Of the 83 BIPPAs signed with partner countries, 72 have been enforced.
These wings of the Centre have suggested that all future BIPPAs, Bilateral Investment Treaties (BITs) and the investment clauses in Comprehensive Economic Cooperation / Partnership Agreements
(CECAs/CEPAs) should only be focused on
investment promotion, official sources told FE.
They cited the examples of South Africa and Indonesia seeking to terminate these treaties on finding them against their domestic interests.
Given the current thrust on investment promotion and protection in BIPPAs, foreign investors can sue the government for alleged violations of the pacts, push for settlement under international arbitration and conciliation norms (and not just under a domestic forum), and seek compensation for losses suffered by them.
Since these private investors are multinationals they resort to treaty shopping, where they cherry-pick the treaty that suits them most to ensure they win compensation for any loss incurred, the sources added. This, in turn, impinges upon the policy space available to the government to not only regulate but also challenge the nature of some of the investments made as well as impose certain performance obligations on foreign companies, sources said.
They added that the department of industrial policy and promotion has circulated a note on the perils of such BIPPAs, BITs and CEPAs/CECAs to all ministries.
This development comes even as the government has put on hold all further BIPPAs and is reviewing the BIPPA Model Text after it got several arbitration / dispute notices where private investors have issued notices to the government citing the BIPPAs.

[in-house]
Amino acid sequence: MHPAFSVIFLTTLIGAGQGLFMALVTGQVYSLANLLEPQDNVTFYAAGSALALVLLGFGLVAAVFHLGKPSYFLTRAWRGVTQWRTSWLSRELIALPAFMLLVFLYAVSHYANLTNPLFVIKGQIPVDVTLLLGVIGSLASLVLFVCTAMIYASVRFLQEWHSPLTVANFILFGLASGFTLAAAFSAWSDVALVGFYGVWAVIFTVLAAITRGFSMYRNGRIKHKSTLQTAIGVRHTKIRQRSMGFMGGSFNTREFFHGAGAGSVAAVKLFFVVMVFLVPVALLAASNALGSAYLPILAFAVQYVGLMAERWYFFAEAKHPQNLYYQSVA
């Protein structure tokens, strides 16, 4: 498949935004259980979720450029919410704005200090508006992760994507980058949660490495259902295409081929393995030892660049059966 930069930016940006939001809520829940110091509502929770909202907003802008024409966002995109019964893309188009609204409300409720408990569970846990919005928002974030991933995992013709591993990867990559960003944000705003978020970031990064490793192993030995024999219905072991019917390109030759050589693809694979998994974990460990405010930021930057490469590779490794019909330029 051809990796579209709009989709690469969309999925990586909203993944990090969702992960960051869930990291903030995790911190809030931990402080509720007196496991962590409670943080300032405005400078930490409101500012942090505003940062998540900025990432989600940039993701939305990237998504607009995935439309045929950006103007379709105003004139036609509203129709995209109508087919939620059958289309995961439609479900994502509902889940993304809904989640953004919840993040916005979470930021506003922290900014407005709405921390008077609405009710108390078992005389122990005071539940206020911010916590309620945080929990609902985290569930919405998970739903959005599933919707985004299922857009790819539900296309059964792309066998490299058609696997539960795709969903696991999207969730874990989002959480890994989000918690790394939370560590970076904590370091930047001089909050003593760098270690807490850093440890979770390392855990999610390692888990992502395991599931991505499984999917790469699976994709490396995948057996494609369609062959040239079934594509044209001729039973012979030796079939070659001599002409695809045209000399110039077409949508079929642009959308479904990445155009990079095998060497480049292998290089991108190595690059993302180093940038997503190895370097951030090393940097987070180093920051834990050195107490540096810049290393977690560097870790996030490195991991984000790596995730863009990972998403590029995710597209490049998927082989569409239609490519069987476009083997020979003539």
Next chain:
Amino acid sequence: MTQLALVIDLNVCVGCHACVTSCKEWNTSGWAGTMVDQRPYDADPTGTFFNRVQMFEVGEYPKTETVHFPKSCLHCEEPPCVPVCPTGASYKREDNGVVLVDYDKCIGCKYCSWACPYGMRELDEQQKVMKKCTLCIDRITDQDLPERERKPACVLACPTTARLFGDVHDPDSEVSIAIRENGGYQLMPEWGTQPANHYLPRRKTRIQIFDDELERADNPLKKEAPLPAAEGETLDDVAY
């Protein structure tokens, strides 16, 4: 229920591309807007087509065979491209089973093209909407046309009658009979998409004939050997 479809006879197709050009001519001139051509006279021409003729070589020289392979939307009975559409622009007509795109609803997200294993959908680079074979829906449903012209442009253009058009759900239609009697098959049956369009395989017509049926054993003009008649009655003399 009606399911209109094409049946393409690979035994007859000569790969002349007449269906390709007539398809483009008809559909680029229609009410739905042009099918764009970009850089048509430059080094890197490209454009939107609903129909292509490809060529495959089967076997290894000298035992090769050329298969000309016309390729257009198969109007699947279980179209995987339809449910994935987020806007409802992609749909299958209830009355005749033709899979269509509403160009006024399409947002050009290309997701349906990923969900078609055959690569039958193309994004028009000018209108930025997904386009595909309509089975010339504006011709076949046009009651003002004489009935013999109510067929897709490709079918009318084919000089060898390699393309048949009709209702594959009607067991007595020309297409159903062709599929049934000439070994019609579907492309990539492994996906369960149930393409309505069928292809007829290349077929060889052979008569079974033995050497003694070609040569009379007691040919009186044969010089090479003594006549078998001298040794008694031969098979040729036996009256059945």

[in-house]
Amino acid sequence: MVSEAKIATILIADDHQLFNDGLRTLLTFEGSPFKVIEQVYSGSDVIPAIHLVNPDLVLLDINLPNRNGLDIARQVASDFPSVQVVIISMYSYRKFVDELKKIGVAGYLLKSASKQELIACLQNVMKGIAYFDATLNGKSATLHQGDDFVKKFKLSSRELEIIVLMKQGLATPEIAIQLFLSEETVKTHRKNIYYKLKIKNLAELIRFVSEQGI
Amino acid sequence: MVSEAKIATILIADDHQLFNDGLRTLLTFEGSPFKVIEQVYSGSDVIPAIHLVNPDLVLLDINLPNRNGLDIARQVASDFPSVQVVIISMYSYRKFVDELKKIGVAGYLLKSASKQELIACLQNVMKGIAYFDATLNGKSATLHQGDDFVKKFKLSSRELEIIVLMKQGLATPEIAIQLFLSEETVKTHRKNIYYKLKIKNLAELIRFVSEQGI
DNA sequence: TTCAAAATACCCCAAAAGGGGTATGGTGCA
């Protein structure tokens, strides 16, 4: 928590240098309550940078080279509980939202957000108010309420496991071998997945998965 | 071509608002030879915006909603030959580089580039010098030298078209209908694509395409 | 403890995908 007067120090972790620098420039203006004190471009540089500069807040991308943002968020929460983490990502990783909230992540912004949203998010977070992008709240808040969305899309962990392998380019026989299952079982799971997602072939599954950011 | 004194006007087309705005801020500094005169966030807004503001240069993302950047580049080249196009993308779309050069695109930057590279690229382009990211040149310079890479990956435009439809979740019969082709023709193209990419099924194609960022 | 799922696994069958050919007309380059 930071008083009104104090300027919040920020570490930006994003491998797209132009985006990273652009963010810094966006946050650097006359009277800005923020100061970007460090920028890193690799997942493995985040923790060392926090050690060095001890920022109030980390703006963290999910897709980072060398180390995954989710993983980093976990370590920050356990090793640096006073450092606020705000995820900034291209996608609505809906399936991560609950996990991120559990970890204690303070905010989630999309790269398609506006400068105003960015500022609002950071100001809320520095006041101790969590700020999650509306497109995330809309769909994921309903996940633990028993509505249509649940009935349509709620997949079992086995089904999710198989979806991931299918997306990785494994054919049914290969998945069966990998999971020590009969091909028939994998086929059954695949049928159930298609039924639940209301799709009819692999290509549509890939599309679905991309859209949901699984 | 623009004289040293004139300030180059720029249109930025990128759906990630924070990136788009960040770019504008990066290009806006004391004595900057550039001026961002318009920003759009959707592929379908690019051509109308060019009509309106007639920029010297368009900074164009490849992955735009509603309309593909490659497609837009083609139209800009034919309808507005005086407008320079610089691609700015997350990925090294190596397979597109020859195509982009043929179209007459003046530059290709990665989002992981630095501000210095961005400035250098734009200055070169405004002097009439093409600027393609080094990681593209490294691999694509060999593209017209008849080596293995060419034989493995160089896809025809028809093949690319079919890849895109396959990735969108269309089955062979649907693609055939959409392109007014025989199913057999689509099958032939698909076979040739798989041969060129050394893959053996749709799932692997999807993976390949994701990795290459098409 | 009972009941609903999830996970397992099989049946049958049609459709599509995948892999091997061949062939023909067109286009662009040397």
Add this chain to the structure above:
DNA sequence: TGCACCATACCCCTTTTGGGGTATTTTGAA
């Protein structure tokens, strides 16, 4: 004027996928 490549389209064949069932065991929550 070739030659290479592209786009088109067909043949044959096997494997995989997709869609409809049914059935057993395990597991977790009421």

However, in the case of all the BIPPAs in force, it is not so easy to walk away. The current Model Text says once entered into, the BIPPA will be in force for 10 years and thereafter it shall be deemed to have been automatically extended unless either country gives the partner country a written notice of its intention to terminate the agreement.
The agreement then will be terminated only one year from the date of receipt of such a written notice. Also, notwithstanding the termination, the agreement will continue to be effective for a further period of 15 years from the date of its termination in respect of investments made or acquired before the date of termination.
In such cases, the government will have to live with the disputes and find ways to settle them quickly, an official said.
Of the nine notices issued by foreign investors invoking different BIPPAs, seven (by Devas, Deutsche Telekom, Vodafone, Sistema, Khaitan Holdings, Axiata and Tenoch Holdings) pertain to the telecom sector and two (White Industries and Childrens Investment Fund) to the coal sector. The applicable BIPPAs include those with Australia, Mauritius, Germany, the Netherlands, Russia, Malaysia and Cyprus.
The Department of Economic Affairs, the sources said, is instead batting for review and renegotiation of the 83 BIPPAs, besides BITs and the investment clauses in CECAs/CEPAs. However, commerce and industry ministry sources said this process would take an inordinately long time to complete and was therefore not practical. The review of the BIPPA Model Text as well as preparing a roadmap to renegotiate existing BIPPAs, BITs, CECAs/CEPAs is being separately done by a standing committee of secretaries led by the Cabinet Secretary and a working group. A Cabinet note is also being prepared.
The three ministries have pointed out reports of countries such as South Africa and Indonesia pursuing their plans to terminate several of their BITs, and some other countries such as Bolivia and Ecuador considering similar moves.
The sources said foreign investment inflows have happened, including in India, irrespective of BIPPAs. For greater investment inflows, it is better to have stronger macro-economic indicators, availability of power, world-class infrastructure, easier land and labour laws and an impressive ranking in the ease of doing business index of the World Bank.
They also pointed out that no study has shown a linkage between increasing foreign investment and the signing of BIPPAs, adding that such agreements are mostly being pushed by capital exporting countries at the behest of big companies based there to the detriment of the developing and poor countries.